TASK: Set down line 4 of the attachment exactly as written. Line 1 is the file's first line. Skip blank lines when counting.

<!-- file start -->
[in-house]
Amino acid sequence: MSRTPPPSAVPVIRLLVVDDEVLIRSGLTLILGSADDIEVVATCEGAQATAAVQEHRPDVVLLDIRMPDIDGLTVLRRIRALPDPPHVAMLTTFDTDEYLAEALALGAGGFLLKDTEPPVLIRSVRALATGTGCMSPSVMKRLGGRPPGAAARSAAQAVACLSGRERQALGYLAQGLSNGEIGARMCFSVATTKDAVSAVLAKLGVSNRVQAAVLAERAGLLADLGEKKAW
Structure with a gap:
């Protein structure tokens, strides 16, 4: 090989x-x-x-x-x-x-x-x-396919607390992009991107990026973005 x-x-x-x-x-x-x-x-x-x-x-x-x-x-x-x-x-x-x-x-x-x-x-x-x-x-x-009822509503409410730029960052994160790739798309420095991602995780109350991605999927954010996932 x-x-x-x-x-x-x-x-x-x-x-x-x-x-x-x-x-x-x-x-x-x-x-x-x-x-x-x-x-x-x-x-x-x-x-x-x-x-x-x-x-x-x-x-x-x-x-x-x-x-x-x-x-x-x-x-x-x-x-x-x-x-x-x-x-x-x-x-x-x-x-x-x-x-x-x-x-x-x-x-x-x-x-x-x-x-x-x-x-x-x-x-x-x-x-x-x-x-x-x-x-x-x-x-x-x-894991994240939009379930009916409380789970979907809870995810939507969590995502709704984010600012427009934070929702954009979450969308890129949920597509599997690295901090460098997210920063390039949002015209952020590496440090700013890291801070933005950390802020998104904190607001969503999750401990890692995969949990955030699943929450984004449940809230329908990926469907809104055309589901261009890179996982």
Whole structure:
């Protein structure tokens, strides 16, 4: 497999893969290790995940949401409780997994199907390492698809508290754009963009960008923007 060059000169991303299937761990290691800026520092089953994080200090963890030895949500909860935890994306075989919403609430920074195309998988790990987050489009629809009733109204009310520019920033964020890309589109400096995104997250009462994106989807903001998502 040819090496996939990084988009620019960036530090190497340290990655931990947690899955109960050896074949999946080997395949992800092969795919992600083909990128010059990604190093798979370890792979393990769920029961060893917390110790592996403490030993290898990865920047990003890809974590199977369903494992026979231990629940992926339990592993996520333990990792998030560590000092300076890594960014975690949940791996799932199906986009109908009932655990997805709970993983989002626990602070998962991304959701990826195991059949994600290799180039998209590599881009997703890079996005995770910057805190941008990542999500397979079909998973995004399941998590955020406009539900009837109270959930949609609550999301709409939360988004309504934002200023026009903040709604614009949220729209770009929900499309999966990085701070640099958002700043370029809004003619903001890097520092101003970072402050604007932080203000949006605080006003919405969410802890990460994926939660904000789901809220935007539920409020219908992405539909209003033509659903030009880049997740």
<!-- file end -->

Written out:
């Protein structure tokens, strides 16, 4: 090989x-x-x-x-x-x-x-x-396919607390992009991107990026973005 x-x-x-x-x-x-x-x-x-x-x-x-x-x-x-x-x-x-x-x-x-x-x-x-x-x-x-009822509503409410730029960052994160790739798309420095991602995780109350991605999927954010996932 x-x-x-x-x-x-x-x-x-x-x-x-x-x-x-x-x-x-x-x-x-x-x-x-x-x-x-x-x-x-x-x-x-x-x-x-x-x-x-x-x-x-x-x-x-x-x-x-x-x-x-x-x-x-x-x-x-x-x-x-x-x-x-x-x-x-x-x-x-x-x-x-x-x-x-x-x-x-x-x-x-x-x-x-x-x-x-x-x-x-x-x-x-x-x-x-x-x-x-x-x-x-x-x-x-x-894991994240939009379930009916409380789970979907809870995810939507969590995502709704984010600012427009934070929702954009979450969308890129949920597509599997690295901090460098997210920063390039949002015209952020590496440090700013890291801070933005950390802020998104904190607001969503999750401990890692995969949990955030699943929450984004449940809230329908990926469907809104055309589901261009890179996982």